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Moview Reviews, Movie Ratings, TV Show, Television Ratings

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    Someone to Watch Over Me: Jose Luis Guerin's "In the City of Sylvia"

    "In the City of Sylvia," Jose Luis Guerin's odyssey of perception, is so dedicated to getting inside the act of cosmopolitan female-watching, it might as well be called "City of Women." Alert, feline-eyed Xavier Lafitte is a quiet young flaneur and diarist, an enigmatic figure introduced at loose en...

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    Travel Plans: Nacho Vigalondo's "Timecrimes"

    [An indieWIRE review from Reverse Shot.]

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    Blues Clueless: Rachel Samuels's "Dark Streets"

    [An indieWIRE review from Reverse Shot.]

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    The Play's the Thing: John Patrick Shanley's "Doubt"

    On paper, John Patrick Shanley did everything right in bringing his Pulitzer Prize-winning play "Doubt" to film. He adapted the screenplay and directed himself, assembled a cast with 17 Oscar nominations to their collective credit, and brought in the extraordinary cinematographer Roger Deakins. Given the strength of the source material and the pedigree of its cast and crew, "Doubt" may be the ultimate low-risk, high-reward prestige product, and it would be wrong for me to suggest that Shanley has produced anything less than a gripping piece of work. Despite its many virtues, though, "Doubt" is also bloodless. Handsome, well played, and oddly ...

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    Mad Dog: Paul Schrader's "Adam Resurrected"

    There's no joy to be had in enumerating the shortcomings of "Adam Resurrected," an ambitious and long gestating adaptation of a much-admired novel by Yoram Kaniuk. But in most respects the film just doesn't click: tone stumbles and fumbles meaning, dialogue meanders above uneven visuals, and scenes ...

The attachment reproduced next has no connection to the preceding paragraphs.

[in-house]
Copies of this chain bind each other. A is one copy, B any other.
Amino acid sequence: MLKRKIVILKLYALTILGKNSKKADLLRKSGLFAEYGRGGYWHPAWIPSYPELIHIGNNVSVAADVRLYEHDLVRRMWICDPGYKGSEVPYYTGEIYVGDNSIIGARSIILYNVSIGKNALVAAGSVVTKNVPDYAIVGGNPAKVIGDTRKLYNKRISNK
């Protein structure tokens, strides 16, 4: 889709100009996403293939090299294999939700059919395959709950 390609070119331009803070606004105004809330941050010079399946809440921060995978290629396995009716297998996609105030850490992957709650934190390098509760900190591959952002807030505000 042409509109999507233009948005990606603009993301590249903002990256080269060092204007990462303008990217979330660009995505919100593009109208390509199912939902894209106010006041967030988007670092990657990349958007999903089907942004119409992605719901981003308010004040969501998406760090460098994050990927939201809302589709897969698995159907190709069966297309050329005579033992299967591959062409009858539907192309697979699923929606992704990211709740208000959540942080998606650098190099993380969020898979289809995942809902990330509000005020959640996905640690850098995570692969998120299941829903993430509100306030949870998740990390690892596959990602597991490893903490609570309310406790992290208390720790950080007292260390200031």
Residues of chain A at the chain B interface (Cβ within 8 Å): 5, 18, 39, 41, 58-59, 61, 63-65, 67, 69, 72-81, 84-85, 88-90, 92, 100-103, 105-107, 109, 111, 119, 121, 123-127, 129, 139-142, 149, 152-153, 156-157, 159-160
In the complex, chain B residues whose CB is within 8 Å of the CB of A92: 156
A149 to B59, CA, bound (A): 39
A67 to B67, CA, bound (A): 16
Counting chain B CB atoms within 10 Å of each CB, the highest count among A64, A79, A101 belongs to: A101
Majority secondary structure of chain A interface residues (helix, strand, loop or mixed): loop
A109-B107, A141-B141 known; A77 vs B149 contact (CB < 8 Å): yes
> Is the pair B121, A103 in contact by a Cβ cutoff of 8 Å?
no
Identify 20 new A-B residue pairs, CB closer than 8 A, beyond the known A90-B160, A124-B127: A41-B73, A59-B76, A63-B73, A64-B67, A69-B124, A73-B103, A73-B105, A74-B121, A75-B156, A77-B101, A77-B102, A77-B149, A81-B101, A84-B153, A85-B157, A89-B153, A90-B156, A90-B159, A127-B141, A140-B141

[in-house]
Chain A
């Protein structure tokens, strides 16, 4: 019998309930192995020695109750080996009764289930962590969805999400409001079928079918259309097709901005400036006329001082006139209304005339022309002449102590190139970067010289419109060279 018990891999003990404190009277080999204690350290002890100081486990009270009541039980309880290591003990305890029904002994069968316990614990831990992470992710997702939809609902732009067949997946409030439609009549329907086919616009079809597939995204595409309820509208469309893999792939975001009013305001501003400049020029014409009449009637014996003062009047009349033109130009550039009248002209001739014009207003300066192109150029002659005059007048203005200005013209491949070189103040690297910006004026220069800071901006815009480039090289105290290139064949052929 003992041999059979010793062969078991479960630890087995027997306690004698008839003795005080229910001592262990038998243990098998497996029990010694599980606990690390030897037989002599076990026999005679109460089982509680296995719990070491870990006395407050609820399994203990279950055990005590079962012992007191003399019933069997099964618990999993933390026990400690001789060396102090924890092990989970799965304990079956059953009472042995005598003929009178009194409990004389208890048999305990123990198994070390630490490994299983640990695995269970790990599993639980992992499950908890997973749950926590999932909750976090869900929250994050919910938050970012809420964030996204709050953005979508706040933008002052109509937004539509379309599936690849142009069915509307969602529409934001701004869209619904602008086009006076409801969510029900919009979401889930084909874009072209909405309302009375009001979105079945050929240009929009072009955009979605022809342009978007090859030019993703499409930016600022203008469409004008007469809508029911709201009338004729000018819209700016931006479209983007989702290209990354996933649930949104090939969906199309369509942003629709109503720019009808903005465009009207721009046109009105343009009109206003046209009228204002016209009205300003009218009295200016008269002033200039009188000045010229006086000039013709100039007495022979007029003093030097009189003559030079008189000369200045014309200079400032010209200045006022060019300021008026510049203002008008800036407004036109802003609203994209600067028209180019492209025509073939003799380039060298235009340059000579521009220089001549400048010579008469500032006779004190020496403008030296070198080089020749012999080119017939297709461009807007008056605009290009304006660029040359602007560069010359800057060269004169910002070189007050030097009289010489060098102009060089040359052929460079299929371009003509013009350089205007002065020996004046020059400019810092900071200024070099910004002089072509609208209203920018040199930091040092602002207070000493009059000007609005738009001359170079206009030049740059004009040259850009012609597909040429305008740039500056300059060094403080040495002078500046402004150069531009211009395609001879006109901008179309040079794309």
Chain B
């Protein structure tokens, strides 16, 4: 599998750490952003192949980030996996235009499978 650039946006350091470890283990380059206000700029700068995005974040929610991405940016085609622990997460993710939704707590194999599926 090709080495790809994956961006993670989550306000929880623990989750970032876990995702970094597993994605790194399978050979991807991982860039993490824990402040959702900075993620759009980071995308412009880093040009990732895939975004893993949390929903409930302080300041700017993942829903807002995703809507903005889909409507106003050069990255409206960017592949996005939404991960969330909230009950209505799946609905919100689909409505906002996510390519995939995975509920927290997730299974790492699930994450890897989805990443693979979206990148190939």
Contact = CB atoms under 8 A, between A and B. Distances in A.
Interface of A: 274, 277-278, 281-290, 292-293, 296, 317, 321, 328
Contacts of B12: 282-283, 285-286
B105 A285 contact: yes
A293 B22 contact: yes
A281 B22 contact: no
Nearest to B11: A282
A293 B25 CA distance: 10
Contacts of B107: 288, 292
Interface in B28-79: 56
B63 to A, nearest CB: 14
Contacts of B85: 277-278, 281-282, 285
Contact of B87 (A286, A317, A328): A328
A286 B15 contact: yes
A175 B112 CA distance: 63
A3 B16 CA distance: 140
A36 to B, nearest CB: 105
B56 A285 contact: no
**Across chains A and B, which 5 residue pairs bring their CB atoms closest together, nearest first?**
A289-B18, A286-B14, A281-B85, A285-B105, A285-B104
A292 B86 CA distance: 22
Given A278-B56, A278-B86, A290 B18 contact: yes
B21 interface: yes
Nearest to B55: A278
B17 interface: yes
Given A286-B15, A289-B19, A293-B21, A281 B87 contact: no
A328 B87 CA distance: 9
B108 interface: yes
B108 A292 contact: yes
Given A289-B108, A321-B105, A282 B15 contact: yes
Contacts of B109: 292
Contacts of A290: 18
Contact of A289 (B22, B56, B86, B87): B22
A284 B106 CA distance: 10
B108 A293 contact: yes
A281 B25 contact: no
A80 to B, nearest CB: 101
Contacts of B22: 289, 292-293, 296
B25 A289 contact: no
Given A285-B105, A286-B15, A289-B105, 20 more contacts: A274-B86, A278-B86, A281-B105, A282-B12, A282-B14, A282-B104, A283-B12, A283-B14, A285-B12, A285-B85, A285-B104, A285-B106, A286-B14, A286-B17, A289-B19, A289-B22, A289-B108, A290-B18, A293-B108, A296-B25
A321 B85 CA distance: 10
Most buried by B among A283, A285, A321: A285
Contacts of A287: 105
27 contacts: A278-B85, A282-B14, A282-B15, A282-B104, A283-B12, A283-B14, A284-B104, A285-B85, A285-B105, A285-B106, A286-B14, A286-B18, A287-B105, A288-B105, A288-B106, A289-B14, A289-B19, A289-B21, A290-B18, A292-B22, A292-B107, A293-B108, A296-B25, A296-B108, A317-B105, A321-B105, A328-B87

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    REVIEW | Life on the Margins: Kelly Reichardt's "Wendy and Lucy"

    The Pacific Northwest on display in Kelly Reichardt's latest film isn't restorative, as in her lovely last, "Old Joy," the lust forests of which temporarily heal an ailing friendship; nor is the setting here milked for moody, romantic potential as in the recently released "Twilight." In "Wendy and L...

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    REVIEW | Stark Relief: Yen Tan's "Ciao"

    During a time when American independent cinema either grunts elliptically under moody skies or chatters banally cross-legged on the living room floor, the purposeful, probing dialogue in Yen Tan's "Ciao" feels like a throwback to an entirely different reality. When characters talk in "Ciao," they ar...

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    REVIEW | Blue(s) Movie: Darnell Martin's "Cadillac Records"

    When Syd Nathan, the CEO of King Records, died in 1968, James Brown, the label's greatest star, bought the desk from Nathan's office and had it fitted with a gold plaque reading "I Remember the Man Syd Nathan." Nathan was white, and Brown boastfully black--so how to account for this? If we were to b...

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    REVIEW | A Hero for Our Time: Gus Van Sant's "Milk"

    "Politics is theater," observes Harvey (Sean Penn) in Gus Van Sant's terrific "Milk." And sometimes, of course, theater -- or cinema -- is politics. When they first embarked on this project, Van Sant and screenwriter Dustin Lance Black could never have anticipated that 2008 would see the election of a minority candidate and former community organizer, running on a message of hope, to the highest office in the land, nor could they have expected that Obama's historic victory would coincide with the passage of Proposition 8 in California, delivering a major setback for the gay rights movement in the United States. But this is "Milk"'s political ...

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    REVIEW | Dream On: Tom Gustafson's "Were the World Mine"

    The least one could ask of a wish-fulfillment fantasy film is a little buoyancy and breeziness. Yet for all its good-natured intentions, Tom Gustafson's "Were the World Mine," in which a put-upon small-town gay teen converts his hopelessly straight town (including his corn-fed jock crush) to the pin...

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